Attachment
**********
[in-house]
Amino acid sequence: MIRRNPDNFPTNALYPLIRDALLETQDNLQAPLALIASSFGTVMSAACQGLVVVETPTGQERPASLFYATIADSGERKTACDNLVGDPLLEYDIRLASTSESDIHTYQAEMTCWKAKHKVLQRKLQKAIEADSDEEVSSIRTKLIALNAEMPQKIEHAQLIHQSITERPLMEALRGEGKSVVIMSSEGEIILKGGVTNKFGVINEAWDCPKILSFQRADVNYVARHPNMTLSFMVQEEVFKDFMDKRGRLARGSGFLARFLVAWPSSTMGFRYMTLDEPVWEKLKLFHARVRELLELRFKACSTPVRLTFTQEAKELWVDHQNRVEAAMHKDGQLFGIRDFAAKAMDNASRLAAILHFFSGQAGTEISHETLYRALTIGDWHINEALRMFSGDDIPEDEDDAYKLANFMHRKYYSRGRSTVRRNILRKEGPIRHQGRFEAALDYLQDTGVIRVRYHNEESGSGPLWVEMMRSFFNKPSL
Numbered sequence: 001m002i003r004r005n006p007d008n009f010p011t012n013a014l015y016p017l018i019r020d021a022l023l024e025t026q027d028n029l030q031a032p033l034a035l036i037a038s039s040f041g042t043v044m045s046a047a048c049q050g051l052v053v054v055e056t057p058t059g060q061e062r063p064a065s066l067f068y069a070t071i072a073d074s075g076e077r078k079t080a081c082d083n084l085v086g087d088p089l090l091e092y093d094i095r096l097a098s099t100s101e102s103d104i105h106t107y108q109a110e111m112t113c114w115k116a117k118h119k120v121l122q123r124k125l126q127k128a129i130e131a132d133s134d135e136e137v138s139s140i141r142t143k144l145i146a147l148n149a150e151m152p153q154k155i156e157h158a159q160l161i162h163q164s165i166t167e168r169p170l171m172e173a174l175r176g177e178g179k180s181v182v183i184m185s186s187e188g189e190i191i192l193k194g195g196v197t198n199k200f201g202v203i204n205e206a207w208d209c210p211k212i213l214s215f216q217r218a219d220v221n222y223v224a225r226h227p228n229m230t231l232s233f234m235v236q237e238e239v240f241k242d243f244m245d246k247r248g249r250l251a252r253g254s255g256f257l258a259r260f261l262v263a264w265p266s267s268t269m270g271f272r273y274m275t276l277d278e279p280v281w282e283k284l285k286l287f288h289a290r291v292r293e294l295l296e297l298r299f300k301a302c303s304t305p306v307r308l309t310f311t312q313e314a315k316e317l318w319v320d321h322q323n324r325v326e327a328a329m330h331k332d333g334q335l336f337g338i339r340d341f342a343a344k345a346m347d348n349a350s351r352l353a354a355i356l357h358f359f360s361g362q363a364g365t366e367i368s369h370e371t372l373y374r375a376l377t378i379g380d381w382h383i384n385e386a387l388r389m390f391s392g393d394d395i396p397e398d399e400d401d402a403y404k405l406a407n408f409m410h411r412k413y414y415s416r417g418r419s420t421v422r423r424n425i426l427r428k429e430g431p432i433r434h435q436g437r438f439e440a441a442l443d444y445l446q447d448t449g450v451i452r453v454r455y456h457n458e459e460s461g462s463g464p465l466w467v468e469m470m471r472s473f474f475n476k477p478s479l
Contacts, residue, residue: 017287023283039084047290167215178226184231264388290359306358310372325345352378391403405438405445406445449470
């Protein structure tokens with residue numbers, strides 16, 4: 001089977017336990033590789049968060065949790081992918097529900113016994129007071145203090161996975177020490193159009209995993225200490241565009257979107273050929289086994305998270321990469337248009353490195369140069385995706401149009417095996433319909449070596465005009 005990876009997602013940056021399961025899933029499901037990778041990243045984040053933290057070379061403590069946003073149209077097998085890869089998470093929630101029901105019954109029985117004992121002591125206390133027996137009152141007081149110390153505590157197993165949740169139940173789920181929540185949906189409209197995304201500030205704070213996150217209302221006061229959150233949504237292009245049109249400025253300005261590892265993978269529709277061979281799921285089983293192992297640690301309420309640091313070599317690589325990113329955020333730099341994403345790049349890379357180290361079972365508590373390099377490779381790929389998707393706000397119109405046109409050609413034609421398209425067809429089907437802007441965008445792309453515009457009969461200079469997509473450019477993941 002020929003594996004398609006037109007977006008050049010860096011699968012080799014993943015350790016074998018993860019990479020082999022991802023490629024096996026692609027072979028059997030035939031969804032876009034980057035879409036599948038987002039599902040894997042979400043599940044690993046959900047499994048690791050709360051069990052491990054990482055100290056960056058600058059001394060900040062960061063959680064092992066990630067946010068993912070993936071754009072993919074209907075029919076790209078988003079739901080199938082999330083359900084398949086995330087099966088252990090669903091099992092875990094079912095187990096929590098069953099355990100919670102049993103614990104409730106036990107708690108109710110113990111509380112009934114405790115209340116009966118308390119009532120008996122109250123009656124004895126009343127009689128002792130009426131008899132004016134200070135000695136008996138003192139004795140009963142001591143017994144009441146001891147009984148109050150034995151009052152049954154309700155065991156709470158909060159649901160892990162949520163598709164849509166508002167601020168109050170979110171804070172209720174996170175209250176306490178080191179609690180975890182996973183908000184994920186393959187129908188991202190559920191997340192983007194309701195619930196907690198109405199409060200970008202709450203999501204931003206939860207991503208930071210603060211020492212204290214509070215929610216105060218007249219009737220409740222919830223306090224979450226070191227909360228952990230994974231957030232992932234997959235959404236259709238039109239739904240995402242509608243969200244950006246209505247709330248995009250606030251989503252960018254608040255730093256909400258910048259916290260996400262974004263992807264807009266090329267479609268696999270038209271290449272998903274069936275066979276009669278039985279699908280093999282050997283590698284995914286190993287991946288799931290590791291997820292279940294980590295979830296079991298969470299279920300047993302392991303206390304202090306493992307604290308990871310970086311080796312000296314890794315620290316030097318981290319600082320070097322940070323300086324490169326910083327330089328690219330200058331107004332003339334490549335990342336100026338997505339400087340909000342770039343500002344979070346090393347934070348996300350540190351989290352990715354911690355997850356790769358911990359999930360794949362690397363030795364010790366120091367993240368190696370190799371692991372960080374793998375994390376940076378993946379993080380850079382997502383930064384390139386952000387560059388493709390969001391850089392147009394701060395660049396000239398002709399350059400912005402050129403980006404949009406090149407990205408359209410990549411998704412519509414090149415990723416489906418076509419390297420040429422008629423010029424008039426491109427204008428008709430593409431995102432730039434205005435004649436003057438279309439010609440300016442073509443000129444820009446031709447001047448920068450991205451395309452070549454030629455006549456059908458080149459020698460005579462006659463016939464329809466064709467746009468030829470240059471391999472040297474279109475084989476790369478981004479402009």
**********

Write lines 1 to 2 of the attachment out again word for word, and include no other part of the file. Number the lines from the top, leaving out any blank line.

[in-house]
Amino acid sequence: MIRRNPDNFPTNALYPLIRDALLETQDNLQAPLALIASSFGTVMSAACQGLVVVETPTGQERPASLFYATIADSGERKTACDNLVGDPLLEYDIRLASTSESDIHTYQAEMTCWKAKHKVLQRKLQKAIEADSDEEVSSIRTKLIALNAEMPQKIEHAQLIHQSITERPLMEALRGEGKSVVIMSSEGEIILKGGVTNKFGVINEAWDCPKILSFQRADVNYVARHPNMTLSFMVQEEVFKDFMDKRGRLARGSGFLARFLVAWPSSTMGFRYMTLDEPVWEKLKLFHARVRELLELRFKACSTPVRLTFTQEAKELWVDHQNRVEAAMHKDGQLFGIRDFAAKAMDNASRLAAILHFFSGQAGTEISHETLYRALTIGDWHINEALRMFSGDDIPEDEDDAYKLANFMHRKYYSRGRSTVRRNILRKEGPIRHQGRFEAALDYLQDTGVIRVRYHNEESGSGPLWVEMMRSFFNKPSL